This is Up and Down, where we give a brief thumbs up or thumbs down on the issues from the past week.
The coronavirus pandemic prompted more people to take advantage of North Dakota state parks, with visitation and camping hitting records this past season. Annual park pass sales increased 18% over 2019. Overnight camping saw especially high increases in September and October, up 173% and 339%, respectively, over 2019. Weather also likely played a role. Fort Abraham Lincoln State Park south of Mandan is among the parks that saw a boost in visitation. Now state park officials plan to do public surveys to see how they can continue the high usage in 2021.
Attorney General Wayne Stenehjem correctly characterized the court fight over the District 8 House seat as “a waste of taxpayer dollars and time.” The dispute stems from the election of David Andahl, who died Oct. 5 of COVID-19 but won 36% of the vote in the general election. Gov. Doug Burgum lost his attempt to appoint a member to the House after the North Dakota Supreme Court ruled he had not established a legal right to make the appointment. Justices agreed with the opinion Stenehjem issued on Oct. 13 that said District 8 Republican leaders should make the appointment. Most voters cast their ballots with the understanding that the district leaders would fill the seat. Burgum’s lawsuit was unnecessary. The legal bills had not yet been finalized when the Tribune inquired last week.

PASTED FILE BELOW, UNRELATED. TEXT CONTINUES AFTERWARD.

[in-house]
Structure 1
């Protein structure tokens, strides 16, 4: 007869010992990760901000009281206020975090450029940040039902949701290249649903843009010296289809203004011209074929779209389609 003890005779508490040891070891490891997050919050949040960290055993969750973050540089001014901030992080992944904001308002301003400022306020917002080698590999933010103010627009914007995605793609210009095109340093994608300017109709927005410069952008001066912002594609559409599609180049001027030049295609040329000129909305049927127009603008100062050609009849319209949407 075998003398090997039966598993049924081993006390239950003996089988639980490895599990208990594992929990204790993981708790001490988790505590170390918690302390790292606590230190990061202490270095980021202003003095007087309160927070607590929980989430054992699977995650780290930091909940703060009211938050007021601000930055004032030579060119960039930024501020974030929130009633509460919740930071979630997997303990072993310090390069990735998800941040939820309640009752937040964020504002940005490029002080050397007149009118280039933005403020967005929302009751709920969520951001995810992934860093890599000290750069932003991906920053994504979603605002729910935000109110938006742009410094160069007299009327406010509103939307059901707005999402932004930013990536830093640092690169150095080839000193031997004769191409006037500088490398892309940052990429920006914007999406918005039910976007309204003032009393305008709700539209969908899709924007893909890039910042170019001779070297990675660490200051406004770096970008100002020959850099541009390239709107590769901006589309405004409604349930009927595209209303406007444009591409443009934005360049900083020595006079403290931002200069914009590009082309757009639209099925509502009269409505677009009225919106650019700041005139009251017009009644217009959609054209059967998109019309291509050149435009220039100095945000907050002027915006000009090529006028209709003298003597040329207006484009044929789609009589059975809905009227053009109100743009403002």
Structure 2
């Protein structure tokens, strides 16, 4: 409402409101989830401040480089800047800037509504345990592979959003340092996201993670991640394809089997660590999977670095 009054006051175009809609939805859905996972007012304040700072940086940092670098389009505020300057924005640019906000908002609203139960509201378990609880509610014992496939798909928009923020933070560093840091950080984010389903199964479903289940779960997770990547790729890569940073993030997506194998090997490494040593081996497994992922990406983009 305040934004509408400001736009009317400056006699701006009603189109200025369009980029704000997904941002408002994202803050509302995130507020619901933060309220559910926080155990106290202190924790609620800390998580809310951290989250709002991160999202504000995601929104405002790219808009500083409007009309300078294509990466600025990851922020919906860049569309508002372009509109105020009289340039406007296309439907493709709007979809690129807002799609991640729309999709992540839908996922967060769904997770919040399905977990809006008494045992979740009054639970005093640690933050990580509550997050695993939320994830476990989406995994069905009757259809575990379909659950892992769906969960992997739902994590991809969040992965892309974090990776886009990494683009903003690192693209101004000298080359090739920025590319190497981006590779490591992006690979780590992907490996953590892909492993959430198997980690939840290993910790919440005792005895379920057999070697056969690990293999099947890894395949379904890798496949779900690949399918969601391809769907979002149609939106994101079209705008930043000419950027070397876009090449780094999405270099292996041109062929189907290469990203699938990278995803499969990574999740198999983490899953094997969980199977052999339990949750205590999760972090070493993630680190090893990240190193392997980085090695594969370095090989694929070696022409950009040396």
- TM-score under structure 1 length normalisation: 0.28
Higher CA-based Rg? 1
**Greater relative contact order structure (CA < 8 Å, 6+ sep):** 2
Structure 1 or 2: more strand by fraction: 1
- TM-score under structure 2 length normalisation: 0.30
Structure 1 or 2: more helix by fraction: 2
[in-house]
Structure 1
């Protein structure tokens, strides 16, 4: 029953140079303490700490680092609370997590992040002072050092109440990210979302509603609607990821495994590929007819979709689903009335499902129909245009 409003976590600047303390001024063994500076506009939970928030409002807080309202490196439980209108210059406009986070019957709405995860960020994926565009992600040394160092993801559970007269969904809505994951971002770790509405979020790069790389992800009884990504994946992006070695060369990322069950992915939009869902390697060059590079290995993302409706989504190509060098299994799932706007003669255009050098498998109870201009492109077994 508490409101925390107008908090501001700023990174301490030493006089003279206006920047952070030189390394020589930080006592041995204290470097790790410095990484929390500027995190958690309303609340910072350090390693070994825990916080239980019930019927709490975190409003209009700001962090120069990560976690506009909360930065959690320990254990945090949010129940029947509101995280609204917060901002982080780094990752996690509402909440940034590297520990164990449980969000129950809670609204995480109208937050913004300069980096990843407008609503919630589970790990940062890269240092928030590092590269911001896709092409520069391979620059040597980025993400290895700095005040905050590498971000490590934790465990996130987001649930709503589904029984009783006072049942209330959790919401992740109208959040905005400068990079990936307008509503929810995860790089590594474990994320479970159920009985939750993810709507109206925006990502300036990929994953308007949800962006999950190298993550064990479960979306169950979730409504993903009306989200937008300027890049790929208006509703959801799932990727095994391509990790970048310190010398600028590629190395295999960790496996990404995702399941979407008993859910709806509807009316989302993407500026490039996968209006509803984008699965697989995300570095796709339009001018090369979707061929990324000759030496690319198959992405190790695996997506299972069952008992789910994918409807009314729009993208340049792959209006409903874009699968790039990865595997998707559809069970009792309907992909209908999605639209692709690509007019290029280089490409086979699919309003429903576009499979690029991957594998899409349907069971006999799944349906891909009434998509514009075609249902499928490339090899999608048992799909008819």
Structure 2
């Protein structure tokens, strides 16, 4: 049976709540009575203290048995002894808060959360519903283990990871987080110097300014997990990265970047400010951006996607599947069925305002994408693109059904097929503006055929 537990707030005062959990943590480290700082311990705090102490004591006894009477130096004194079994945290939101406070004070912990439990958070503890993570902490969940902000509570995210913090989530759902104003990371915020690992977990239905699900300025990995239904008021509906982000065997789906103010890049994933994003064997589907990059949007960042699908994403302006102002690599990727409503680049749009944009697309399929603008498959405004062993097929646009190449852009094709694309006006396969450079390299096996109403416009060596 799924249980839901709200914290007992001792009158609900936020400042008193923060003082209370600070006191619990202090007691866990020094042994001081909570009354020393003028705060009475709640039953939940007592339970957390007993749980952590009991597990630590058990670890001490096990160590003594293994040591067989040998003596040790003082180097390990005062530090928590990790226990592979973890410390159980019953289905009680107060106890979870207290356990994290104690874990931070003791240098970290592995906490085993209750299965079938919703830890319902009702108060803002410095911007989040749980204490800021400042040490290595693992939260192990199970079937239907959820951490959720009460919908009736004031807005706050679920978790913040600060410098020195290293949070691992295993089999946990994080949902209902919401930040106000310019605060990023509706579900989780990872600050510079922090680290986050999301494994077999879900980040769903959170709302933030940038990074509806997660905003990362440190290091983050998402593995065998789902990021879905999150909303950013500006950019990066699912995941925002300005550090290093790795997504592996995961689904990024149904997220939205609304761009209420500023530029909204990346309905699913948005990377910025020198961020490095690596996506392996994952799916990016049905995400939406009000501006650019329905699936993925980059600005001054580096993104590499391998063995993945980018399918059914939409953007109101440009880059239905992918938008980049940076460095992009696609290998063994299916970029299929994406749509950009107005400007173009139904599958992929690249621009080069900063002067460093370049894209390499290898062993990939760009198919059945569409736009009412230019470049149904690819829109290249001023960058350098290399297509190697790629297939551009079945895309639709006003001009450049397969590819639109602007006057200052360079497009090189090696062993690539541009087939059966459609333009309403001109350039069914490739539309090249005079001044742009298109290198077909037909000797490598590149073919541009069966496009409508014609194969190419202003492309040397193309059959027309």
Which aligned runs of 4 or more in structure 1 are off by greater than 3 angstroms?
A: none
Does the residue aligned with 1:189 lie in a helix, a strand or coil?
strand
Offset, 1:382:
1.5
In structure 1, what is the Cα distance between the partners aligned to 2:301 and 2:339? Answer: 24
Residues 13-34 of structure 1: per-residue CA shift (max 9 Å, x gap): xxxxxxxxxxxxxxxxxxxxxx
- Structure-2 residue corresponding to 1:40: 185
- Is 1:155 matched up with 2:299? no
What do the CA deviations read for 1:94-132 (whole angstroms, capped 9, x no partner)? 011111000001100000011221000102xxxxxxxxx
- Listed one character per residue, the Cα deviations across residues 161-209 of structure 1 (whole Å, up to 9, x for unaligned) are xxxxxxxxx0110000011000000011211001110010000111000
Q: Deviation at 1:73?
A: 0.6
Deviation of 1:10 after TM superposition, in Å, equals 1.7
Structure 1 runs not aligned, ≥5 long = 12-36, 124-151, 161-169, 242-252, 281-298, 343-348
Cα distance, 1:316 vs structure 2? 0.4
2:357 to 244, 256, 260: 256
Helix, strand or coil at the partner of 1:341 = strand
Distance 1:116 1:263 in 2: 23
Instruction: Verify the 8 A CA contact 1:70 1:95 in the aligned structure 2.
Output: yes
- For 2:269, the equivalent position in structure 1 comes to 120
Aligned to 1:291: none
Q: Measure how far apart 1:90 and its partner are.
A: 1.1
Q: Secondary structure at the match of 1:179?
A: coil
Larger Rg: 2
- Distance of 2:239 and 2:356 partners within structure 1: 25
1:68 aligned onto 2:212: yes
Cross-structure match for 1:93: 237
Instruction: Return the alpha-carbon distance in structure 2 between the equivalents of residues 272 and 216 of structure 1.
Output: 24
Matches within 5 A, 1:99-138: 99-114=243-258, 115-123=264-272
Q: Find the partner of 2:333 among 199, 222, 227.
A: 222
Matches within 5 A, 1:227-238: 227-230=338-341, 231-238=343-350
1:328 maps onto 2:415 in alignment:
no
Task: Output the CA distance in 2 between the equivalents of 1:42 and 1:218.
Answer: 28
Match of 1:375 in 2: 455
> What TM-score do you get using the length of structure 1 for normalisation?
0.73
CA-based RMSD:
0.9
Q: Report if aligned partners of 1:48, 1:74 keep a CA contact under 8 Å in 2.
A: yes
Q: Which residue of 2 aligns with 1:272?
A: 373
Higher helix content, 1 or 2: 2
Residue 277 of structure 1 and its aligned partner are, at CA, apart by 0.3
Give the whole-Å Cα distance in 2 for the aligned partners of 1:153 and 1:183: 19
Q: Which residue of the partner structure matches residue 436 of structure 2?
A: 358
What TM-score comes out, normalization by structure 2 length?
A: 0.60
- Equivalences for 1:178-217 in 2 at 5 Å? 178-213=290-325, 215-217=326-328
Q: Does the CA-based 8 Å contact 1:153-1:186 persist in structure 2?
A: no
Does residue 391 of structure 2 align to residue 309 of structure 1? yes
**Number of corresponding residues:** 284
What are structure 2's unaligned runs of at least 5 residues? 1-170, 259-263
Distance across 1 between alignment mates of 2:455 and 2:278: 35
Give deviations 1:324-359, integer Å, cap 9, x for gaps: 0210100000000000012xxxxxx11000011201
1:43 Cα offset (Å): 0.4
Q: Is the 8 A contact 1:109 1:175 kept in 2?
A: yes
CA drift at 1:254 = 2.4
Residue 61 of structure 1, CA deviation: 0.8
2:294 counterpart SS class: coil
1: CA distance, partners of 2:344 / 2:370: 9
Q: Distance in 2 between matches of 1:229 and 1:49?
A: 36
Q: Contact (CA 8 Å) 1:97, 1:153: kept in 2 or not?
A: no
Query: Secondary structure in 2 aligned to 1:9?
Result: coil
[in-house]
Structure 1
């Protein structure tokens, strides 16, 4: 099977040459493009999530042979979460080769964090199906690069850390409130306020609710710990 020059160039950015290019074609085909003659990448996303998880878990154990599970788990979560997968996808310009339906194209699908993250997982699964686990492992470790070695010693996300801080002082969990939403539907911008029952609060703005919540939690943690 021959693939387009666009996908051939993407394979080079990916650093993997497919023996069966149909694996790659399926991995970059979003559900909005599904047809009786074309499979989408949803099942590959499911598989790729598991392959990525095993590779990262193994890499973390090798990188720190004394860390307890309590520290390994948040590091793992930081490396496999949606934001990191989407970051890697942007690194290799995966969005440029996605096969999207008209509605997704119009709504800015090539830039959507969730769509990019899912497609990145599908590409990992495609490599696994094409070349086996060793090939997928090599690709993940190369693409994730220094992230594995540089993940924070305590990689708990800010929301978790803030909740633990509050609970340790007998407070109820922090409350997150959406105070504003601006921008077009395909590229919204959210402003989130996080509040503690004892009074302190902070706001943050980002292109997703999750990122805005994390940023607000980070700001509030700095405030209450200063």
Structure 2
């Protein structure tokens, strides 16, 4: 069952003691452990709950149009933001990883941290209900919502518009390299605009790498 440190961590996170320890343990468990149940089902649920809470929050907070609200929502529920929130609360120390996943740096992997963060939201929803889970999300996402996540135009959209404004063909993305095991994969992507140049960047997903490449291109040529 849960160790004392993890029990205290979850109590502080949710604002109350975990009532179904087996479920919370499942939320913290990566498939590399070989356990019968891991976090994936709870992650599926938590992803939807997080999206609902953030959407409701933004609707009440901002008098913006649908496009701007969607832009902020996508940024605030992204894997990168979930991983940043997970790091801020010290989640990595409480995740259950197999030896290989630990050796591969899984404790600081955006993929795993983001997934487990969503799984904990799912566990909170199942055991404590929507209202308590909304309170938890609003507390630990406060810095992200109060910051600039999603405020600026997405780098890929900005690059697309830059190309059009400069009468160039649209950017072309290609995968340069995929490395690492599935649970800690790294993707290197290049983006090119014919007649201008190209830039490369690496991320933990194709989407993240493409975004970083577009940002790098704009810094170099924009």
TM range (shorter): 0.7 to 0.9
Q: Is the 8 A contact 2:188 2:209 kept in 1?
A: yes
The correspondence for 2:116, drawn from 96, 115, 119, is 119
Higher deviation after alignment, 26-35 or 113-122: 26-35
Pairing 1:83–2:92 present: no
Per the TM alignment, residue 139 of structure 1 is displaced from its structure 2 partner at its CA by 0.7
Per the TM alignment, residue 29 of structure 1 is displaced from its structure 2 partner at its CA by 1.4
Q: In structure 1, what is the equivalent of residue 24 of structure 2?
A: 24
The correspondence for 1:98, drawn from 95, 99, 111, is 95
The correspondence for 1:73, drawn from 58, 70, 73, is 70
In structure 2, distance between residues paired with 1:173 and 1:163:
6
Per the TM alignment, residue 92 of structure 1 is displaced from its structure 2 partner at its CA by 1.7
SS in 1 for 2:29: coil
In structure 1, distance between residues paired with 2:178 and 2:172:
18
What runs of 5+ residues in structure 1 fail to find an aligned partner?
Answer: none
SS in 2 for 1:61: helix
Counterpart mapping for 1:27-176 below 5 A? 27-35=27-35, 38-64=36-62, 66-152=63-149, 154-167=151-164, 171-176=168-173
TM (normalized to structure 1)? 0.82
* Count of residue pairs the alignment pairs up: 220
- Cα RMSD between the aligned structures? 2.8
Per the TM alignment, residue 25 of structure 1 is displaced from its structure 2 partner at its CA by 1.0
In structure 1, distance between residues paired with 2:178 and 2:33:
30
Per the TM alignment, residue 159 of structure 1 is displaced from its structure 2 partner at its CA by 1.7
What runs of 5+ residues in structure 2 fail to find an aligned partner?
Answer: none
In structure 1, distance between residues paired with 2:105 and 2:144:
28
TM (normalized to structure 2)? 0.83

Community organizations still found a way to provide Thanksgiving dinners this year even though some traditional events were postponed or modified due to coronavirus concerns. Heaven’s Helpers Soup Cafe, which has traditionally been closed on Thanksgiving, made enough meals and desserts to serve 300 last Thursday. The Banquet also served a meal, with a limit on the capacity of the dining room and a to-go option. AID Inc. in Mandan was unable to serve its traditional meal but planned to distribute food baskets to those in need. Ministry on the Margins plans to hold a Thanksgiving meal when it is safe for people to gather again.
North Dakota surpassed 900 coronavirus-related deaths last week, with the total standing at 920 as of Sunday. More than 200 deaths were reported within the past two weeks, according to North Dakota Department of Health figures. The Associated Press reported that North Dakota’s death count is the eighth-highest per capita at 118 deaths per 100,000 people, according to figures compiled by The COVID Tracking Project.